Indiana Supreme Court says state can’t fine railroad companies for blocking roads


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INDIANAPOLIS, Ind. – The Indiana Supreme Court threw out a state law allowing local authorities to fine train companies for blocking streets.

In a ruling handed down Monday, the state’s highest court struck down the law, saying a federal law—the Interstate Commerce Commission Termination Act (ICCTA)—superseded it. The federal rule prevents states from interfering with the operation of trains.

Norfolk Southern Railway Co. had asked the court to dismiss 23 citations it received in Allen County. The company challenged the state’s blocked-crossing statute, which allowed local authorities to fine railroads a minimum of $200 for blocking roads for at least 10 minutes.

Here’s the statute:

It shall be unlawful for a railroad corporation to permit any train, railroad car or engine to obstruct public travel at a railroad–highway grade crossing for a period in excess of ten (10) minutes, except where such train, railroad car or engine cannot be moved by reason of circumstances over which the railroad corporation has no control.

In order to comply, the company said it would have to run trains at higher speeds, employ shorter trains or pull trains apart at crossings to prevent blocking roads. In its opinion, the Supreme Court said this essentially amounted to regulating the operation of trains on the state’s part.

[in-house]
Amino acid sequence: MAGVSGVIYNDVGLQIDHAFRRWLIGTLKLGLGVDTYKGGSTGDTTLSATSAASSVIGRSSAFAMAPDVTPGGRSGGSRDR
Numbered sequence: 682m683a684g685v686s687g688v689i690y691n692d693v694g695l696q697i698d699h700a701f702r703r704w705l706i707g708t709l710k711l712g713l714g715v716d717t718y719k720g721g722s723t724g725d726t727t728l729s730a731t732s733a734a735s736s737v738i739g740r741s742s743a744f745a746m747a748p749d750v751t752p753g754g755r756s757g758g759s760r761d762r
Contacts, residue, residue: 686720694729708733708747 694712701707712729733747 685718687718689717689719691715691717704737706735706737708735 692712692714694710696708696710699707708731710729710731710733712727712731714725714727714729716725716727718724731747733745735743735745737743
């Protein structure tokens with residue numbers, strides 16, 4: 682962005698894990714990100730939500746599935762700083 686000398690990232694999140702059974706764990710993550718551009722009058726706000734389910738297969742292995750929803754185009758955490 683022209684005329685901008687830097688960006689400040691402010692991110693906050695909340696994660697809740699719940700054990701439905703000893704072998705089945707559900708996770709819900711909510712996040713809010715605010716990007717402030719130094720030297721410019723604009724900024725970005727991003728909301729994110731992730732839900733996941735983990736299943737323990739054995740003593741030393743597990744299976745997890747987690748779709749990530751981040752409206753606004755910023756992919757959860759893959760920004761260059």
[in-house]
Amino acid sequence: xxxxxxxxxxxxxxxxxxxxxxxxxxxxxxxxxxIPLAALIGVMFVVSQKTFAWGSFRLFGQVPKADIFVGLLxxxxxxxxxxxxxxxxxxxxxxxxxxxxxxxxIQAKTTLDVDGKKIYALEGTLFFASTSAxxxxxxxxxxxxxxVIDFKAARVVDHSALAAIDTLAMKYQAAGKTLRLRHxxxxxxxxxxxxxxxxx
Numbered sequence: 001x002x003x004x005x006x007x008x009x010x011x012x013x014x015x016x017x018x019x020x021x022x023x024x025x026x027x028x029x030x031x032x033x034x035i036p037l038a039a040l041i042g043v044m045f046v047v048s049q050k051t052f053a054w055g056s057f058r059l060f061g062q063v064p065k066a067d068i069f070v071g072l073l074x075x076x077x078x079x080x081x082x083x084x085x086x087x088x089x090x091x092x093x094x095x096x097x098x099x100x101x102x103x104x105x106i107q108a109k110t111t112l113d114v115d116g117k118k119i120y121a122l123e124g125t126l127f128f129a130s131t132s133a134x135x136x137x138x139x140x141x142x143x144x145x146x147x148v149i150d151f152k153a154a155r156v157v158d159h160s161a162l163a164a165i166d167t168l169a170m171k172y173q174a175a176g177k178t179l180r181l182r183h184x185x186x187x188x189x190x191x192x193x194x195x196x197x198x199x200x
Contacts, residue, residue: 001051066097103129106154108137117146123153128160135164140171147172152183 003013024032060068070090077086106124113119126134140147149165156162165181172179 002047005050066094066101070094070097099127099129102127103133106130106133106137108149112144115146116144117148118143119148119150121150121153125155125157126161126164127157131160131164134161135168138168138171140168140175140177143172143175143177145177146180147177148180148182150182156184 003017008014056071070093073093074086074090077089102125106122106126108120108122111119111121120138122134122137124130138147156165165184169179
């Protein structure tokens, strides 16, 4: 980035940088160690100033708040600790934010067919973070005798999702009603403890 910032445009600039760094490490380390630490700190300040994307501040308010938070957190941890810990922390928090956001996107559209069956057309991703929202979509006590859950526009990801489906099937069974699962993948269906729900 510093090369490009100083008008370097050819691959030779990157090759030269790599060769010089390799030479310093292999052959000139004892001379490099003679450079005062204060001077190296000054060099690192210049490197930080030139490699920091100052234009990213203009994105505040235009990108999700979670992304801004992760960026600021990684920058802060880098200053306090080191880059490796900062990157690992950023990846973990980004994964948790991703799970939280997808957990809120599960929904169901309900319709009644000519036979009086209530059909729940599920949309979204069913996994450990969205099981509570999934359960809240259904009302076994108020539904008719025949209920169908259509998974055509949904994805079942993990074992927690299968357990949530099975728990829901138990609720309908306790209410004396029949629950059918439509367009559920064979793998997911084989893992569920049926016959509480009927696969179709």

In a previous ruling, the Indiana Court of Appeals said federal law didn’t pre-empt the state statute. Without such a statute, the appeals court ruled, railroads could potentially block roads for hours without repercussions.

But Monday’s ruling overturned that decision, with the Indiana Supreme Court’s concluding:

While the presumption against preemption applies in this railroad-crossing context, the ICCTA’s preemption provision unambiguously preempts Indiana’s blocked-crossing statute. We thus affirm summary judgment for Norfolk Southern.

You can read the court’s opinion here.

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